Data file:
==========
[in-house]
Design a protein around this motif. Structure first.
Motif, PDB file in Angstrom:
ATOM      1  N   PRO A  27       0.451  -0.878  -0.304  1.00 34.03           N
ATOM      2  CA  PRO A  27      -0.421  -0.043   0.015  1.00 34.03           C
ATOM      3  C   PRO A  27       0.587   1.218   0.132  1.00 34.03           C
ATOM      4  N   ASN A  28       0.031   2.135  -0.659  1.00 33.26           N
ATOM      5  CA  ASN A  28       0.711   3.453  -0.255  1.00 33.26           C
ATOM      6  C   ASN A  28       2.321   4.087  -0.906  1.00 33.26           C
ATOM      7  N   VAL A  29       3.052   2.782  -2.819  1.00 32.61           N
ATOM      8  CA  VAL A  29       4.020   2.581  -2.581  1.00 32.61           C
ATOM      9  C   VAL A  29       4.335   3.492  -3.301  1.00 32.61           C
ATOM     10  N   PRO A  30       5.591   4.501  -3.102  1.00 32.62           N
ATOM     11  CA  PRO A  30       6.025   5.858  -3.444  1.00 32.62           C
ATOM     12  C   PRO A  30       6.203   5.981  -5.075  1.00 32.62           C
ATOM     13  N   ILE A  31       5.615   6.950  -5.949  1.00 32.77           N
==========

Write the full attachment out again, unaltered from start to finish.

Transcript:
[in-house]
Design a protein around this motif. Structure first.
Motif, PDB file in Angstrom:
ATOM      1  N   PRO A  27       0.451  -0.878  -0.304  1.00 34.03           N
ATOM      2  CA  PRO A  27      -0.421  -0.043   0.015  1.00 34.03           C
ATOM      3  C   PRO A  27       0.587   1.218   0.132  1.00 34.03           C
ATOM      4  N   ASN A  28       0.031   2.135  -0.659  1.00 33.26           N
ATOM      5  CA  ASN A  28       0.711   3.453  -0.255  1.00 33.26           C
ATOM      6  C   ASN A  28       2.321   4.087  -0.906  1.00 33.26           C
ATOM      7  N   VAL A  29       3.052   2.782  -2.819  1.00 32.61           N
ATOM      8  CA  VAL A  29       4.020   2.581  -2.581  1.00 32.61           C
ATOM      9  C   VAL A  29       4.335   3.492  -3.301  1.00 32.61           C
ATOM     10  N   PRO A  30       5.591   4.501  -3.102  1.00 32.62           N
ATOM     11  CA  PRO A  30       6.025   5.858  -3.444  1.00 32.62           C
ATOM     12  C   PRO A  30       6.203   5.981  -5.075  1.00 32.62           C
ATOM     13  N   ILE A  31       5.615   6.950  -5.949  1.00 32.77           N